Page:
“Failure to Pay Withdrawal Liability” on October
15, 2015, followed by a “Notice of Default” dated
November 3, 2015. (Id. ¶¶ 23-26). Reichert
Trucking made no payments, took no steps to challenge the
demand for withdrawal liability and did not request
arbitration. (Id. ¶¶ 29-30). In response
to the present motion for summary judgment, the defendants
have taken the position that they “do not dispute that
judgment should enter against the defendant Trucking
Company for the withdrawal liability pursuant to 29 U.S.C.
§ 1399(B)(1).” (Defs. Mem. (Docket No. 40) at 1).
Thus, the sole issue before the court is whether Reichert
Fuel is also liable.
husband, William, owns 100% of the stock in Reichert Fuel.
(DF ¶¶ 4-5). Organized as a Rhode Island
corporation in 1989, Reichert Fuel is in the business of
delivering heating fuel and servicing heating systems.
(Id. ¶¶ 6-7). It is operated out of the
same location as Reichert Trucking - the Reicherts' home.
(W. Reichert Dep. (Docket No. 36-3) at 11).
Involvement with Reichert Trucking
was an employee of Reichert Trucking. (PF ¶ 40; DF
¶ 25). The undisputed facts establish that while William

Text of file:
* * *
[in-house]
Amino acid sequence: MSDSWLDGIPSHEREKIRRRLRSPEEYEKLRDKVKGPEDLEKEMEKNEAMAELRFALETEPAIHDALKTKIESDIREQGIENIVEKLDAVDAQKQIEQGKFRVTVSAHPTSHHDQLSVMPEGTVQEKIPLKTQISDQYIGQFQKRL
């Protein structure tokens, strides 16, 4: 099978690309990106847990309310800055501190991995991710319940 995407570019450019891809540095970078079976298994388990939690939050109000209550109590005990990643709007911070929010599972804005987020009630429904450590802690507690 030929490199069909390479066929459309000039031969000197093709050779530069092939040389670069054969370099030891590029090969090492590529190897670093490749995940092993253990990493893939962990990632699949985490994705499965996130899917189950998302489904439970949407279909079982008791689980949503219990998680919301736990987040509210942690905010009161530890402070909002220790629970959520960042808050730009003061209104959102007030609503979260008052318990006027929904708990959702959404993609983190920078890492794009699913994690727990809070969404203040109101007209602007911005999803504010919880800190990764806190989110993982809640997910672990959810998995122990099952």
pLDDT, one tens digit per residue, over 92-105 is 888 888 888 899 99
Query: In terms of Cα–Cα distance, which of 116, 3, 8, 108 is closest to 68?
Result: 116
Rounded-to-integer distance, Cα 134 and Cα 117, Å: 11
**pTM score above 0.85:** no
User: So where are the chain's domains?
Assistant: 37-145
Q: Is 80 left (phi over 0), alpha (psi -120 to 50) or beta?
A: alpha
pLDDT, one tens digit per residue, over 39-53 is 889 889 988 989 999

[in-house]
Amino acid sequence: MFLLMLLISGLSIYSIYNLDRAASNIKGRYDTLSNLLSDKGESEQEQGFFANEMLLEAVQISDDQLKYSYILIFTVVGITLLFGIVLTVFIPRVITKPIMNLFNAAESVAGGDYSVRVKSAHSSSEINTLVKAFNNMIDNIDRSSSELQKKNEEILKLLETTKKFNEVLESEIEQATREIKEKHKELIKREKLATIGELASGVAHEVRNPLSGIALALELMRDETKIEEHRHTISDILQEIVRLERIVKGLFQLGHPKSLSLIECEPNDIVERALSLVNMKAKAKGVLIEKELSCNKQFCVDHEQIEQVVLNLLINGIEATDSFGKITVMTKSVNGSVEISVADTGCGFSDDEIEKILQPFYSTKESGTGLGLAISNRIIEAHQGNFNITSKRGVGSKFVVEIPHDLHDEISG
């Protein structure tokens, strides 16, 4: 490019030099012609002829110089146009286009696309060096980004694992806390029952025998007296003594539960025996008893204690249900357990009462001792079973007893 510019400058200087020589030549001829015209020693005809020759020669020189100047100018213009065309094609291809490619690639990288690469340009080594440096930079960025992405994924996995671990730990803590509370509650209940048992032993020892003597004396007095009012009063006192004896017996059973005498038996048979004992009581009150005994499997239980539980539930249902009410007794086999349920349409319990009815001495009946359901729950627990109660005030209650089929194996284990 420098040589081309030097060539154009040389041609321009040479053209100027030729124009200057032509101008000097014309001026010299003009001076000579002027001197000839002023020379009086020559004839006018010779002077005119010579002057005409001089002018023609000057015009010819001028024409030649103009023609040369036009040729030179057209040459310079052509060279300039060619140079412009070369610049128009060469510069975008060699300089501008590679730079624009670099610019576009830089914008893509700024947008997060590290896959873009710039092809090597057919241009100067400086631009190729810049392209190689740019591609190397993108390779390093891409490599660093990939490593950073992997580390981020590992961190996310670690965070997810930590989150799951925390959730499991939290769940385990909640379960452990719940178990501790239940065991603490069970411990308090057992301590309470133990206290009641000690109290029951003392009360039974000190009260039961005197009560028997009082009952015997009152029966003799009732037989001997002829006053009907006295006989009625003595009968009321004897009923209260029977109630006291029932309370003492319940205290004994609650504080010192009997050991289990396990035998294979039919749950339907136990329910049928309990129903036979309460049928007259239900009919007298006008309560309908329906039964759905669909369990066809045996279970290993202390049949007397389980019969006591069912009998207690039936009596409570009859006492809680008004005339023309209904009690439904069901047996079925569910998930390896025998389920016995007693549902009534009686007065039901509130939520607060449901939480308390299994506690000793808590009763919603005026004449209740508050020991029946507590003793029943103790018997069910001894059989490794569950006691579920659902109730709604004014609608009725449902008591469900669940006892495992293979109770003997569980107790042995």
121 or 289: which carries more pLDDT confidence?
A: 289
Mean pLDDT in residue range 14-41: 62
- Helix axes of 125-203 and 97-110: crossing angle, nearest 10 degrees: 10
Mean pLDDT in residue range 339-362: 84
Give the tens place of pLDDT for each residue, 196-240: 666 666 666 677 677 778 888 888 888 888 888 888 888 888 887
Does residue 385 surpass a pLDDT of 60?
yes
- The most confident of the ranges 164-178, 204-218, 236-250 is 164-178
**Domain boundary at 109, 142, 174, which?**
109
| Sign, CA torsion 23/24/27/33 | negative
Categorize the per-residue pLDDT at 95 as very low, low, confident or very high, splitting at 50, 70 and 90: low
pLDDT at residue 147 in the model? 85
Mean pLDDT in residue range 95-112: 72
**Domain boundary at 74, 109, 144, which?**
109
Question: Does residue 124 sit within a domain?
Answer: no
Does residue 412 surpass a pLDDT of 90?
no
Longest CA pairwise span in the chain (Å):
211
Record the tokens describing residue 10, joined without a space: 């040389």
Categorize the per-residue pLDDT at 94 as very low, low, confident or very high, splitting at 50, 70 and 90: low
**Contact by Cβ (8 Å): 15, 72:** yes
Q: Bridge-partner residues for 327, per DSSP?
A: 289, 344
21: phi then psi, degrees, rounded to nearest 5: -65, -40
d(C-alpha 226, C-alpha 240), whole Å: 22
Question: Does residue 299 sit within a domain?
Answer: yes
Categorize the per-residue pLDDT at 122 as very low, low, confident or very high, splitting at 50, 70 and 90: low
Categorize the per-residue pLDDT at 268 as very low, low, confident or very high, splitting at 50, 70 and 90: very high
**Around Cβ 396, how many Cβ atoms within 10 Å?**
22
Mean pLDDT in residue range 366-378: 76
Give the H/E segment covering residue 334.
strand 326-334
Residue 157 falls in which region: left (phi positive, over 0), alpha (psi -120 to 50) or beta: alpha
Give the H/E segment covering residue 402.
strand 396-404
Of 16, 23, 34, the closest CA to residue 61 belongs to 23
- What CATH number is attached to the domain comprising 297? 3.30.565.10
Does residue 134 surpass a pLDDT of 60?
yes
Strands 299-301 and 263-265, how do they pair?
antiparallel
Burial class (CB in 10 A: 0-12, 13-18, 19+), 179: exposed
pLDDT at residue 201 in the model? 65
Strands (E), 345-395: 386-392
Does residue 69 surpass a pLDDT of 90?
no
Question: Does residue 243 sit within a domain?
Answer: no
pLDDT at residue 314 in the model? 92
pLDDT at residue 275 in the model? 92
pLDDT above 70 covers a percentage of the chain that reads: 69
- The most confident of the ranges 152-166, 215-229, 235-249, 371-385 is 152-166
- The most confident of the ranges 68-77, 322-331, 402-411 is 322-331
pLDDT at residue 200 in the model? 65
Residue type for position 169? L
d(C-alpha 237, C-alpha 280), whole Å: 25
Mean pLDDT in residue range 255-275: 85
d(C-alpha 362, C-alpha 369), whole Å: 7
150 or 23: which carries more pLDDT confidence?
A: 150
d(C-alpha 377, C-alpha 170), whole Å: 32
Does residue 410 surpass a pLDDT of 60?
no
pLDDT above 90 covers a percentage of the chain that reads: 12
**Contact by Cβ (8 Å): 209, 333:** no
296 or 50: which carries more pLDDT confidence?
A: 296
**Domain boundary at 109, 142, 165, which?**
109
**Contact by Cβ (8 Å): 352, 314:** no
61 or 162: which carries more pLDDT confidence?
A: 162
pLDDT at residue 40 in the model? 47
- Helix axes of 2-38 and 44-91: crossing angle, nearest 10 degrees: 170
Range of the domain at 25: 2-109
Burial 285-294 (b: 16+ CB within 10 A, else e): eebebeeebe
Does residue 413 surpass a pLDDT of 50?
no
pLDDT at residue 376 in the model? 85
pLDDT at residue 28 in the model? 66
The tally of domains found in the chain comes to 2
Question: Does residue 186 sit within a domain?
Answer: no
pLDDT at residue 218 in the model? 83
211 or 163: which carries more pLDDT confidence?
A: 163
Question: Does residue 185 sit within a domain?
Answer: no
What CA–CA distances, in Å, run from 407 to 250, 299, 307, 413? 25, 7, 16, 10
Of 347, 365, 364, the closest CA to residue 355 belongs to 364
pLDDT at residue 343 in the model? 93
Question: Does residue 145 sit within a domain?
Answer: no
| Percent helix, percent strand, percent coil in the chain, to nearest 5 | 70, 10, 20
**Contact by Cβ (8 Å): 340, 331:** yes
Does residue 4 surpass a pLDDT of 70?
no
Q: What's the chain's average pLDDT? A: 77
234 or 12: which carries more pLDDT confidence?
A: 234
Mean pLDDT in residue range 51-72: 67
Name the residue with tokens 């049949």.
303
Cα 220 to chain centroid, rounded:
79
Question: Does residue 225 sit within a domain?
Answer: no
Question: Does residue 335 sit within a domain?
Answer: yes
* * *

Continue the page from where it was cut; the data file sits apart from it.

did not own any stock of Reichert Trucking, and was not an
official officer or director, he was actively involved in, if
not primarily responsible for, the operation of the company.
As Donna explained in her deposition, she was the owner and
officer of Reichert Trucking but had no other position in the
company, and while she oversaw the company she was not
“as hands on, ” instead giving a variety of
responsibilities to William. (See D. Reichert Dep.
(Docket No. 36-2) at 19-20). Thus, when a truck or driver was
needed, William was the one who was called. (Id.).
William's idea for Reichert Trucking to sign the
collective bargaining agreement with Local 251. (W. Reichert
Dep. (Docket No. 43-3) at 26-27, 29-30). William was Reichert
Trucking's main contact with the Union. (See id.
at 34-35). He determined what work would be done to account
for the weekly hours remitted to the Fund on behalf of
Reichert Trucking, and he prepared the remittance reports to
be submitted to the Fund in return for union benefits. (PF
¶ 15; W. Reichert Dep. (Docket No. 36-3) at 37-38, 42).
As noted above, William, the Reicherts' son, and a third
employee were the ones who participated in the Pension Fund.
(W. Reichert Dep. (Docket No. 36-3) at 46-47). On occasion,
William signed some checks in Donna's name on behalf of
Reichert Trucking. (Id. ...